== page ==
Sue Raabe <susies.stitches@...>
I feel pretty ignorant to ask this, but what is the purpose of formatting a USB drive, and how is it done? I have loads of designs stored that way, and have never formatted any of them. Does that put my designs at risk? I do have most of my designs on a portable hard drive as well as on the PC and flash drives (although I have no idea which is which!) I don't think I have many of purchased CD's backed up anywhere. Are they safe that way. or can they go bad? Thanks for educating me - I tend to jump in with both feet and get myself in trouble.
Asked the difference between ignorance and apathy, Jim doesn't know and doesn't care, but he says:
Formatting is a term applied to all forms of data storage media. It is a process of initializing the media for use by writing a directory, as well as scanning for defects and mapping them out. Over time the term has gotten misused a lot. In the case of a USB drive, they come pre-formatted from the factory so they are ready to use immediately. This is also true for hard drives. Different operating systems may use differing ways of accessing data, and it is sometimes necessary to reformat a drive to make it acceptable for a given system. This is true for PCs and Macs, although some formats can be used by both.
In the case of USB drives, plugging them into your machine for the first time accomplishes what most people call formatting, but is actually just creating folders on the device. It's also possible to format them in your computer by right-clicking the drive and choosing "Format". However you should NOT do this with all the USB devices you have, as they are already formatted and the formatting process will delete everything on the drive. This is also true for external hard drives.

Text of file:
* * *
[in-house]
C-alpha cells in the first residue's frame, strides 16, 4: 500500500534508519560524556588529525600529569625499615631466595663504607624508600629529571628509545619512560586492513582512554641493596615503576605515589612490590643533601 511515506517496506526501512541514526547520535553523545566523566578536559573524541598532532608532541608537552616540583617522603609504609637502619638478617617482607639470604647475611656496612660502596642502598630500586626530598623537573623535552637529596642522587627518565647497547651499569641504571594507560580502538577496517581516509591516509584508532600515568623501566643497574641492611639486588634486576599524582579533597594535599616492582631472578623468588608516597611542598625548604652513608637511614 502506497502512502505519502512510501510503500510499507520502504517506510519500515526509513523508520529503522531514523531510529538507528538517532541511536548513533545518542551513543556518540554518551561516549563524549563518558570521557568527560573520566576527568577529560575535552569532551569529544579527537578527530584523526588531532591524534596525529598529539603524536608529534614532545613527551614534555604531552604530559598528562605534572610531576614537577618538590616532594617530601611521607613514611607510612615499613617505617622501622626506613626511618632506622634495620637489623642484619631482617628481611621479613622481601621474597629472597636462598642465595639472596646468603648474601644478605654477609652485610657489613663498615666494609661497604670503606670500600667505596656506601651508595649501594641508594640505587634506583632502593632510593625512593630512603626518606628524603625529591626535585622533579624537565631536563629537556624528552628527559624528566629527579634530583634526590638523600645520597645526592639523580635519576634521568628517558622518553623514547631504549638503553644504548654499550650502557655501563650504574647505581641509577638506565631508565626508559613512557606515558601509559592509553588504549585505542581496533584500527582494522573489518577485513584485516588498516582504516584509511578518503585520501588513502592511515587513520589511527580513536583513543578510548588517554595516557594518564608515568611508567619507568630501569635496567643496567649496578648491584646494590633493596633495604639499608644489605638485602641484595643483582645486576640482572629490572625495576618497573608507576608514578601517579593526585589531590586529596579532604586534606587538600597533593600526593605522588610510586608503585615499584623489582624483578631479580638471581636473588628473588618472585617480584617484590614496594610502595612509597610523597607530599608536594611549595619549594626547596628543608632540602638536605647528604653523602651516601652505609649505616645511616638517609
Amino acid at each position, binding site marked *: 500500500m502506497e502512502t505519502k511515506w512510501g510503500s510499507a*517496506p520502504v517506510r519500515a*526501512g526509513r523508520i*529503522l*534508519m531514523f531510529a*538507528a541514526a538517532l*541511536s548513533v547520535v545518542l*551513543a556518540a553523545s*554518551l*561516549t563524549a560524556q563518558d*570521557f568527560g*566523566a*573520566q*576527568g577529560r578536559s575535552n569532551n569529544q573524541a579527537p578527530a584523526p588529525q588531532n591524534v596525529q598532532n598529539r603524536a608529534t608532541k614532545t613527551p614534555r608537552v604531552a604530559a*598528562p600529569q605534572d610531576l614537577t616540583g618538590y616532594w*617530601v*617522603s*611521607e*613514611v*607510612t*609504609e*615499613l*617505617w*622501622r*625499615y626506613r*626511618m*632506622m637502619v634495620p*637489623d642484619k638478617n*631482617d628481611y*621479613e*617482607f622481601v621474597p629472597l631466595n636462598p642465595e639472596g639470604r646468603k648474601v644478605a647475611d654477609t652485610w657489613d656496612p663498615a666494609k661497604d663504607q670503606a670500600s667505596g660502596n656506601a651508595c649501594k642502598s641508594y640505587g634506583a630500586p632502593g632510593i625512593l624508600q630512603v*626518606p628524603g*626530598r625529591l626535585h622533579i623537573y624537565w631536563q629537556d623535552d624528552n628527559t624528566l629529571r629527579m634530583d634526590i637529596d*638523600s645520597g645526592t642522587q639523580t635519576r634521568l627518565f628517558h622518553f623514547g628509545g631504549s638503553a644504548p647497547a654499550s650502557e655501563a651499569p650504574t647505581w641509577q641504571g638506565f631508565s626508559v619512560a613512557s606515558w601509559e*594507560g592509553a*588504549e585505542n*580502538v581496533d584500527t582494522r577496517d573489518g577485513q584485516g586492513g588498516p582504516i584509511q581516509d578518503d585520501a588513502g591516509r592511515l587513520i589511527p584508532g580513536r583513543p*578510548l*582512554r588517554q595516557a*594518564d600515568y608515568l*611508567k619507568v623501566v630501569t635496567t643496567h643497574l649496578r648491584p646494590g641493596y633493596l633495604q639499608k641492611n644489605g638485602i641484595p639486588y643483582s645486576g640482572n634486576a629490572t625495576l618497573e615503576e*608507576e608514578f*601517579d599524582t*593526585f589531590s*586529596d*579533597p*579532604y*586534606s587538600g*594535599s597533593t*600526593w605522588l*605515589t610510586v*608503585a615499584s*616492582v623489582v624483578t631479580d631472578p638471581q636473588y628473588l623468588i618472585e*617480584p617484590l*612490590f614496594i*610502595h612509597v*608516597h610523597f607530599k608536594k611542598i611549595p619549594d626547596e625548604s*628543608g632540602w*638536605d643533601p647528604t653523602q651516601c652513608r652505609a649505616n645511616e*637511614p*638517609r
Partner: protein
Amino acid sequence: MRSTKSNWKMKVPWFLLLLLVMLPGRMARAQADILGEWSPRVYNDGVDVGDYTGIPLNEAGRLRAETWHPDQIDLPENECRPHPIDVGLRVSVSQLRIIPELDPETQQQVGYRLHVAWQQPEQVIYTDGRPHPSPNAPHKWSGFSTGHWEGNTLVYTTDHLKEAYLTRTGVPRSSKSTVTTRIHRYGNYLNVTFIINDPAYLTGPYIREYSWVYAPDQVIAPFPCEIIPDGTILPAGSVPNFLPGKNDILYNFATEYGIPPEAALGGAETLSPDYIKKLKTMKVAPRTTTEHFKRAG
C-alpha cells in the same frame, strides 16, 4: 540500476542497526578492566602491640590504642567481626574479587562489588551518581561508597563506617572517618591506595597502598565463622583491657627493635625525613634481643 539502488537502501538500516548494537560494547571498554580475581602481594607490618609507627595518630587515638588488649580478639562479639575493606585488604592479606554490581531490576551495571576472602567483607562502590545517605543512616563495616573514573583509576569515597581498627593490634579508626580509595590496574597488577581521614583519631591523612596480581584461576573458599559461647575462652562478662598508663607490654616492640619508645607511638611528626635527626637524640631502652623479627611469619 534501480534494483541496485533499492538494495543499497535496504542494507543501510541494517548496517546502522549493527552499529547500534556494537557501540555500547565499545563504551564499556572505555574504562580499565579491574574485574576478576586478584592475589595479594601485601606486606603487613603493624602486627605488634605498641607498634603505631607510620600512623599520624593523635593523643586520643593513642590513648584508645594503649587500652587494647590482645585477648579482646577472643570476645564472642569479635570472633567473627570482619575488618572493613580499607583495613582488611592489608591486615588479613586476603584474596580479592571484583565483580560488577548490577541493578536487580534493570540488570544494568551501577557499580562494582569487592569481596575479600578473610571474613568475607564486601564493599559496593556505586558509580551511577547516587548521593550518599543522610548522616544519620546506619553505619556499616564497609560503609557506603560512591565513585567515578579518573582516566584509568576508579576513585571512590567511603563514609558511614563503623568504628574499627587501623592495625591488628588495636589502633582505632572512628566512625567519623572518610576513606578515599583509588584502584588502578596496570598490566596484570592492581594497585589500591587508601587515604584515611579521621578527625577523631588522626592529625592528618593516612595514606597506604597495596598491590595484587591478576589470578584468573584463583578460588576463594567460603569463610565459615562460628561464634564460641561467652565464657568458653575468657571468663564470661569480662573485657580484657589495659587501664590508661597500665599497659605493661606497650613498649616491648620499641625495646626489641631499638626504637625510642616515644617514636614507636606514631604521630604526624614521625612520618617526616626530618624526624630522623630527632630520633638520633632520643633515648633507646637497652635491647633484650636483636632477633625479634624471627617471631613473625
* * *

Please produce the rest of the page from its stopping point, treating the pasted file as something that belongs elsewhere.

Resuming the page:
Designs on USB and external disk drives are at risk for media failure. Hard drives, having mechanical components, wear out and fail. USB drives are not mechanical, but do have a finite lifetime. They can also be damaged by removing incorrectly from the computer. CDs generally don't fail, but are subject to scratching and dirt. You might want to consider getting a free DropBox account (www.dropbox.com), which would give you 2GB of storage in the "cloud". Backing up designs that way protects you from loss of media.